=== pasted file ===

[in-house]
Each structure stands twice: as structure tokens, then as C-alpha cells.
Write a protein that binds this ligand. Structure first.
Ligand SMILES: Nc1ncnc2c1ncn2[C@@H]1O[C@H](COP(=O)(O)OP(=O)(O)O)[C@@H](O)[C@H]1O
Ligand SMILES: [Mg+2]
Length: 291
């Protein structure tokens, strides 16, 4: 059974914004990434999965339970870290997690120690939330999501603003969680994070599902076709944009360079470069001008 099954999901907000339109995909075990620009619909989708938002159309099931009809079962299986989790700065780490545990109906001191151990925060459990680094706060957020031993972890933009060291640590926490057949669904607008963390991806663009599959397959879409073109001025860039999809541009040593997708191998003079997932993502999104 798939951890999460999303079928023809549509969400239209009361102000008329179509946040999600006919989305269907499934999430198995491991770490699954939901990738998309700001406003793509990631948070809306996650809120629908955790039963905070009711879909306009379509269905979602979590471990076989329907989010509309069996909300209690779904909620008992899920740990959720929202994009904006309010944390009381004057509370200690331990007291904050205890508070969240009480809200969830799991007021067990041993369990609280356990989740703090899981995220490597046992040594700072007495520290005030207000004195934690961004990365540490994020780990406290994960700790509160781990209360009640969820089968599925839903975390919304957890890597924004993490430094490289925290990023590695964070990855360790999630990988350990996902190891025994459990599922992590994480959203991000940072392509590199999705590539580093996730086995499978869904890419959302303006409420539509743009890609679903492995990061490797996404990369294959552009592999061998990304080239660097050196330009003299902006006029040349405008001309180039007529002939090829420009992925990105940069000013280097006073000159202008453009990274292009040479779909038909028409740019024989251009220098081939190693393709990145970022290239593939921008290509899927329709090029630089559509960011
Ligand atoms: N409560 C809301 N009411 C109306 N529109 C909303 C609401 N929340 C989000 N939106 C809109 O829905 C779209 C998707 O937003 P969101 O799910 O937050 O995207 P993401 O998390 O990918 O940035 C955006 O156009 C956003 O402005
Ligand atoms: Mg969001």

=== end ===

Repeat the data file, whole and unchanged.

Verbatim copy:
[in-house]
Each structure stands twice: as structure tokens, then as C-alpha cells.
Write a protein that binds this ligand. Structure first.
Ligand SMILES: Nc1ncnc2c1ncn2[C@@H]1O[C@H](COP(=O)(O)OP(=O)(O)O)[C@@H](O)[C@H]1O
Ligand SMILES: [Mg+2]
Length: 291
């Protein structure tokens, strides 16, 4: 059974914004990434999965339970870290997690120690939330999501603003969680994070599902076709944009360079470069001008 099954999901907000339109995909075990620009619909989708938002159309099931009809079962299986989790700065780490545990109906001191151990925060459990680094706060957020031993972890933009060291640590926490057949669904607008963390991806663009599959397959879409073109001025860039999809541009040593997708191998003079997932993502999104 798939951890999460999303079928023809549509969400239209009361102000008329179509946040999600006919989305269907499934999430198995491991770490699954939901990738998309700001406003793509990631948070809306996650809120629908955790039963905070009711879909306009379509269905979602979590471990076989329907989010509309069996909300209690779904909620008992899920740990959720929202994009904006309010944390009381004057509370200690331990007291904050205890508070969240009480809200969830799991007021067990041993369990609280356990989740703090899981995220490597046992040594700072007495520290005030207000004195934690961004990365540490994020780990406290994960700790509160781990209360009640969820089968599925839903975390919304957890890597924004993490430094490289925290990023590695964070990855360790999630990988350990996902190891025994459990599922992590994480959203991000940072392509590199999705590539580093996730086995499978869904890419959302303006409420539509743009890609679903492995990061490797996404990369294959552009592999061998990304080239660097050196330009003299902006006029040349405008001309180039007529002939090829420009992925990105940069000013280097006073000159202008453009990274292009040479779909038909028409740019024989251009220098081939190693393709990145970022290239593939921008290509899927329709090029630089559509960011
Ligand atoms: N409560 C809301 N009411 C109306 N529109 C909303 C609401 N929340 C989000 N939106 C809109 O829905 C779209 C998707 O937003 P969101 O799910 O937050 O995207 P993401 O998390 O990918 O940035 C955006 O156009 C956003 O402005
Ligand atoms: Mg969001």